In between the battles, you’ll mostly be spending time at Pirilika’s Nethership, which serves as the traditional hub area. Here you’ll mostly manage your party’s equipment, stats, and abilities, as more and more in-game shops unlock by progressing through the main story. Optimizing your party isn’t cheap, and you’ll need to make plenty of HL, the in-game currency, by replaying previous maps over and over again. While this does mean that Disgaea 7 can feel slightly grindy at times, this is mitigated by the fact that there are bonus objectives to clear on each map, and these carry decent rewards. Additionally, Disgaea 7 is a very fast-paced game and any maps you’ve cleared can be completed again thanks to the auto-battle feature, which returns from Disgaea 6, albeit slightly reworked to make it more balanced.

While Disgaea 7’s main story campaign is fairly short, clocking in at roughly 30 hours, veterans will already know that the true meat of what the game has to offer is found in the post-game content. Even tens of hours into the story campaign, new mechanics are still added to the fold, and in this regard, the story campaign is pretty much an extended primer for what you can sink your teeth into after the credits roll. According to NISA themselves, fully completing Disgaea 7 will take around 400 hours. We’ll take their word for that, as we’ve only scratched the surface of what the game has to offer, but if you like the series, you’ll be happy to learn that your €60 will keep you occupied for months. That’s without even getting into the DLC that is yet to come, although we should mention that you will need to pull out your hard-earned real-life cash to expand your game – HL won’t cut it.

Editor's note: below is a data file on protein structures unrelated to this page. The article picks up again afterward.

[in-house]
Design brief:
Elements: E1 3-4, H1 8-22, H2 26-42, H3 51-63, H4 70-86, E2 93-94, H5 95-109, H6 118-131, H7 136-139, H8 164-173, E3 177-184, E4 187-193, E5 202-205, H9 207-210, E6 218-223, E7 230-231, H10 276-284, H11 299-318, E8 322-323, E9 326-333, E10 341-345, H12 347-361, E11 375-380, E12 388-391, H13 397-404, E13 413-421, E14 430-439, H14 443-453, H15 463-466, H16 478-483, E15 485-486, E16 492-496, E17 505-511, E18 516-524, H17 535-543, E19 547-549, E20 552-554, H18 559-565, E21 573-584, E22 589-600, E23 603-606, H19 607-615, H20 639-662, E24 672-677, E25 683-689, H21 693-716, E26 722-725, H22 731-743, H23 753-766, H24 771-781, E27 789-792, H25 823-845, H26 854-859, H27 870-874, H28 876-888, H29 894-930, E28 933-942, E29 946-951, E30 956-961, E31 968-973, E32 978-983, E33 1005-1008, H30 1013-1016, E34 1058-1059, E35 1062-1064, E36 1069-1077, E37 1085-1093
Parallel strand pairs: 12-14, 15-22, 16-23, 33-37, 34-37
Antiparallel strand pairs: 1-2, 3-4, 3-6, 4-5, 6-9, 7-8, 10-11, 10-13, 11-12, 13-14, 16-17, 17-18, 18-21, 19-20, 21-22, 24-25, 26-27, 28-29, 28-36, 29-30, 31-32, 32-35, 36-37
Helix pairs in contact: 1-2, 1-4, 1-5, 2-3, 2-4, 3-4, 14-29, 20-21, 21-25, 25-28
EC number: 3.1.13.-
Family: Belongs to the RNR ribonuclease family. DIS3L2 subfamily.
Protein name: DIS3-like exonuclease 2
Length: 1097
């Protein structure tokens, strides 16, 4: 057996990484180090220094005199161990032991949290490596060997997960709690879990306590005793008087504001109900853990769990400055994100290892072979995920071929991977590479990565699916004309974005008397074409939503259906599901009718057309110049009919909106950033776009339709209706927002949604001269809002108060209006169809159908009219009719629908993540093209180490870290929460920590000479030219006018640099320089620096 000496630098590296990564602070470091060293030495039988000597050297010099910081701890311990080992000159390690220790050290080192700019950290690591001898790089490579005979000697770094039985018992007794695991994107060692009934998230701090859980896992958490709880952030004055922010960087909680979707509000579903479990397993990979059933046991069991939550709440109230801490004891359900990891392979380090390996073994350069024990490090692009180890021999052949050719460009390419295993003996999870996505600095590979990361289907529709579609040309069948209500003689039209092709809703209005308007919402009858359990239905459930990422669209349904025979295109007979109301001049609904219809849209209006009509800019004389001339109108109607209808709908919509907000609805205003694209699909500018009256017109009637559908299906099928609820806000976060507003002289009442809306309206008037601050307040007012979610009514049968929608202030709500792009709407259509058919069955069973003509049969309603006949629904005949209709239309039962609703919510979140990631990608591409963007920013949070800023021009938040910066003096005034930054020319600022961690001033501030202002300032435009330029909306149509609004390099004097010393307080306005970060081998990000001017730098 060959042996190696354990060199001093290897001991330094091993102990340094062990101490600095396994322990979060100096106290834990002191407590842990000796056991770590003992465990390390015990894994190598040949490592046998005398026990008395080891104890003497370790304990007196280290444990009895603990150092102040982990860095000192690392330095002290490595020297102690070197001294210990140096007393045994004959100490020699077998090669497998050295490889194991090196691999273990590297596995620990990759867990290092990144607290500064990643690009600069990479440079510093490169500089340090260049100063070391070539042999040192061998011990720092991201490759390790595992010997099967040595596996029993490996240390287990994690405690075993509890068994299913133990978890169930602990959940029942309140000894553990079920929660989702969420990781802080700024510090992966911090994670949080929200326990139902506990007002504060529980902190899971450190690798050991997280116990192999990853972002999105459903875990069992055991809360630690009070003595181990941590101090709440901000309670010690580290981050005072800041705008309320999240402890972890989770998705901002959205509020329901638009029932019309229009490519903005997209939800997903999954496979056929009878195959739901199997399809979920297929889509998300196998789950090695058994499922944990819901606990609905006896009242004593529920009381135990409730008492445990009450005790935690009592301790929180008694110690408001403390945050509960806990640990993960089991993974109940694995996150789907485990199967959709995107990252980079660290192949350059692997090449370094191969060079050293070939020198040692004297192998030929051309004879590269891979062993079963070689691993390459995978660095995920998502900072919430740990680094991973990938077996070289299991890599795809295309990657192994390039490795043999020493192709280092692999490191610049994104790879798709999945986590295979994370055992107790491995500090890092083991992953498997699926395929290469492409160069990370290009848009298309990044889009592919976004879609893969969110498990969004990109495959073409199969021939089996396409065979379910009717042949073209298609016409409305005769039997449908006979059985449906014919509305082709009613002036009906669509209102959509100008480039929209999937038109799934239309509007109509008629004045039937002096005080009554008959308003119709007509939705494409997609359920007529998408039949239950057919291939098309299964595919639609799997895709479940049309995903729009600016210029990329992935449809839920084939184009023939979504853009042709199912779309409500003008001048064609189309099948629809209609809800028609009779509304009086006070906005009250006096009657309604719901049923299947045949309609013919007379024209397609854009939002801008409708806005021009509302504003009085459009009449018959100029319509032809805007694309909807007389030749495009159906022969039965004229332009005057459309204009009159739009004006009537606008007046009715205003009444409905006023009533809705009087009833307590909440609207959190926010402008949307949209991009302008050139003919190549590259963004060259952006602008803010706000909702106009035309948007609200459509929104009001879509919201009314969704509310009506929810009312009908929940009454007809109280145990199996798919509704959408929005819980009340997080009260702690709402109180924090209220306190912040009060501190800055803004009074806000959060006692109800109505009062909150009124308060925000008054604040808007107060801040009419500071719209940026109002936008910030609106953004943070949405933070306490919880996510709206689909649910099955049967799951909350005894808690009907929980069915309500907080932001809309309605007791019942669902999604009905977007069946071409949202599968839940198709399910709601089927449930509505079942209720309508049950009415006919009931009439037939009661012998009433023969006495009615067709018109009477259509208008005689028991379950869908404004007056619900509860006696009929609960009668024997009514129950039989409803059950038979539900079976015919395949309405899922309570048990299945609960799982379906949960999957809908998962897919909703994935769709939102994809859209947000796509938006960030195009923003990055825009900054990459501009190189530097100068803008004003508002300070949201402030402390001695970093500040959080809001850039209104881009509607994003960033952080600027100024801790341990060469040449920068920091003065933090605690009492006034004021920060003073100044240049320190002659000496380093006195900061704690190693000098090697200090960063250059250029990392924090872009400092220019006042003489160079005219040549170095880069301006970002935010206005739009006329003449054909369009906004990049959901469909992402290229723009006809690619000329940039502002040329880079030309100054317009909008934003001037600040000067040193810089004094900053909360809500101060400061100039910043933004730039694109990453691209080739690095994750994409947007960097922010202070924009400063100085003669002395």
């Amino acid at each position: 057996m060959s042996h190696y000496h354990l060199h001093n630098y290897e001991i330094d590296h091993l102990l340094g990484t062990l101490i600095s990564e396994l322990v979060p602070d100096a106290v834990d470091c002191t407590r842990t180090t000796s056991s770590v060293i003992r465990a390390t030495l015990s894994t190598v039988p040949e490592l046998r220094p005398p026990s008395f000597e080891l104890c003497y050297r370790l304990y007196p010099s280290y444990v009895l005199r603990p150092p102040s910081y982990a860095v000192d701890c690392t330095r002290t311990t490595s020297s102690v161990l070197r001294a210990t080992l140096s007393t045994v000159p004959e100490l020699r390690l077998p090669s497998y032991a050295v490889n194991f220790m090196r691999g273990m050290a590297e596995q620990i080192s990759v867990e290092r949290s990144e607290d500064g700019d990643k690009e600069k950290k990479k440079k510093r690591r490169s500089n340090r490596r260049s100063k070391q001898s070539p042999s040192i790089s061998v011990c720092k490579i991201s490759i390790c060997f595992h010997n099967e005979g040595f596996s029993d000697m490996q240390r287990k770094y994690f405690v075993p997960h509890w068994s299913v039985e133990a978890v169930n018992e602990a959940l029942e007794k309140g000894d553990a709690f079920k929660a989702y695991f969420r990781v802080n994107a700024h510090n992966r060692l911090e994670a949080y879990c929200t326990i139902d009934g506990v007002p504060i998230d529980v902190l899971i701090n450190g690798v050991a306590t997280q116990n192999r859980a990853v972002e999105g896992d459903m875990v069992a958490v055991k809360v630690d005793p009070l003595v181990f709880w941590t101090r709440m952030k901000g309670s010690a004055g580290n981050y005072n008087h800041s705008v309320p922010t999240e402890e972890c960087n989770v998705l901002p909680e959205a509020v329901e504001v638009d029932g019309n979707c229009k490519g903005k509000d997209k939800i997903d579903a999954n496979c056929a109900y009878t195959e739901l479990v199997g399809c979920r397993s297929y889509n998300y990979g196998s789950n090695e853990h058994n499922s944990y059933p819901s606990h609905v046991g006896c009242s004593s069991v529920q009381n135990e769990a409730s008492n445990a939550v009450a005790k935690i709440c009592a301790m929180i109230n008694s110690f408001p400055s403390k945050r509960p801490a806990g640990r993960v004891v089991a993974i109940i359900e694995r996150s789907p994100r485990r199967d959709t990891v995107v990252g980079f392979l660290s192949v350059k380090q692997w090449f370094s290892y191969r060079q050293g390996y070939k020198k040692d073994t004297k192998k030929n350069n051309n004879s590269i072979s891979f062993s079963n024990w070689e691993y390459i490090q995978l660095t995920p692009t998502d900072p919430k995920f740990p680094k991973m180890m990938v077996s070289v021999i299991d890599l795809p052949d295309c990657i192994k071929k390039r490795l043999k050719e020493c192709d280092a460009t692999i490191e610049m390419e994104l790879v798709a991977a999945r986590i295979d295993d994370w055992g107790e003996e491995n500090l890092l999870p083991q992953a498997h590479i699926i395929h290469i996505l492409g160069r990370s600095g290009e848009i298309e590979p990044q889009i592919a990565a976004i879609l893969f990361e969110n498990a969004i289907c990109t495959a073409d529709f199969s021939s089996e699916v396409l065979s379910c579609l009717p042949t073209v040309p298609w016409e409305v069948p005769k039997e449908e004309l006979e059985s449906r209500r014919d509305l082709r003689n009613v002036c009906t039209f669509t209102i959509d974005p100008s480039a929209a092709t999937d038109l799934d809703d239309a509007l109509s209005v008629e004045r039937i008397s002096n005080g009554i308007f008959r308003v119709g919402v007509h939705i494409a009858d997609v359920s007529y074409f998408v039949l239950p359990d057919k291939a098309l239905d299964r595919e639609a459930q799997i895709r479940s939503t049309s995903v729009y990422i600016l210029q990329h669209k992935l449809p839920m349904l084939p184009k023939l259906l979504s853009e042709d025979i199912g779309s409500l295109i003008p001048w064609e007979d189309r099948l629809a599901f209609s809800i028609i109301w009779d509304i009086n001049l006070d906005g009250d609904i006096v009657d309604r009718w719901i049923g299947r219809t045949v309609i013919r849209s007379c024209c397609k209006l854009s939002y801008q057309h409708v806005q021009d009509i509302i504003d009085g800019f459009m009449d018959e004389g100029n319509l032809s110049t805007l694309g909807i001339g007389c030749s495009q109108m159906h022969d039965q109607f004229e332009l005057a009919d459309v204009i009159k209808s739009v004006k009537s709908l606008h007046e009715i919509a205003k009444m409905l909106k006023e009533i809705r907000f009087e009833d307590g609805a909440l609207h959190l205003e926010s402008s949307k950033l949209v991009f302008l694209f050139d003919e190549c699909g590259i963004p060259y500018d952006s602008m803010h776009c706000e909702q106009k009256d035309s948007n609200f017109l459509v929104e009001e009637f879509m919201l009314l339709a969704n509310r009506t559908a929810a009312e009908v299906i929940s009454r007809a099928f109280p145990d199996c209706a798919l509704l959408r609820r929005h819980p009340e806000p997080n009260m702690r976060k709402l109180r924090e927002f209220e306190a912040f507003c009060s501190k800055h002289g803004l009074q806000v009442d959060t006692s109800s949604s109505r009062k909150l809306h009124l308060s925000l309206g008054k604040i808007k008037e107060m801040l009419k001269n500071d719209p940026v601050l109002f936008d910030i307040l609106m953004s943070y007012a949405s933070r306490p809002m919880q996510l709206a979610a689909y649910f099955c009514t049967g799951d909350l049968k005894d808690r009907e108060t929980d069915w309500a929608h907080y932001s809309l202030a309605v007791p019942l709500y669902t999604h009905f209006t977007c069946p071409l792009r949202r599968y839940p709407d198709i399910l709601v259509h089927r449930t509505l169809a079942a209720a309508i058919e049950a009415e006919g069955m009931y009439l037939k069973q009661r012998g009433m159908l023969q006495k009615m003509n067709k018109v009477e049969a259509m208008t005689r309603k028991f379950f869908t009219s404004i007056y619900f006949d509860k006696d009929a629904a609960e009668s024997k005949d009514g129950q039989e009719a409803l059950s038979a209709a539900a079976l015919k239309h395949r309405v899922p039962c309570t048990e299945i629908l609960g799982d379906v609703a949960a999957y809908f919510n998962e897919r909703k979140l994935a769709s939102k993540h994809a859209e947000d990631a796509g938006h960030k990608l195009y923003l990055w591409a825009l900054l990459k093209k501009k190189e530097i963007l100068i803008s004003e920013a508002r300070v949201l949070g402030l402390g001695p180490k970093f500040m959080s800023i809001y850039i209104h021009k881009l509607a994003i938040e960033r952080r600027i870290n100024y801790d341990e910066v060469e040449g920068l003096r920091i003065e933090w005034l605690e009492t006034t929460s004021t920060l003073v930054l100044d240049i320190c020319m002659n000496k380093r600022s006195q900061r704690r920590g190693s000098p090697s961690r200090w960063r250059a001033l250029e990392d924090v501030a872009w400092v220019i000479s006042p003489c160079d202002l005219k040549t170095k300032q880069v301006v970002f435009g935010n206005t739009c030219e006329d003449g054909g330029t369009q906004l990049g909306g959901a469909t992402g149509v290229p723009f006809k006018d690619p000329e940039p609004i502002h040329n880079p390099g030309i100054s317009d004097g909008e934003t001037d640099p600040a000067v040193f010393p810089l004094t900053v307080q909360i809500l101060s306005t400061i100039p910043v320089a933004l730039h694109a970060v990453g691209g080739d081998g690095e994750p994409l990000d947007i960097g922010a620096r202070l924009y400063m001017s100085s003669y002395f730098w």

We’d go as far as to say that Disgaea 7 is the best game in the series yet. In typical Disgaea fashion, the light-hearted, humorous story is over the top, which emphasizes the larger-than-life characters’ personality quirks. The fast-paced gameplay provides plenty of tactical depth, and with literally hundreds of hours worth of gameplay here, you’re getting plenty of bang for your buck too. If you’re a fan of the genre, even if you’ve never played a previous Disgaea title before, this game is an absolutely essential addition to your library.

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Disgaea 7: Vows of the Virtueless - Review, 10.0 out of 10 based on 1 rating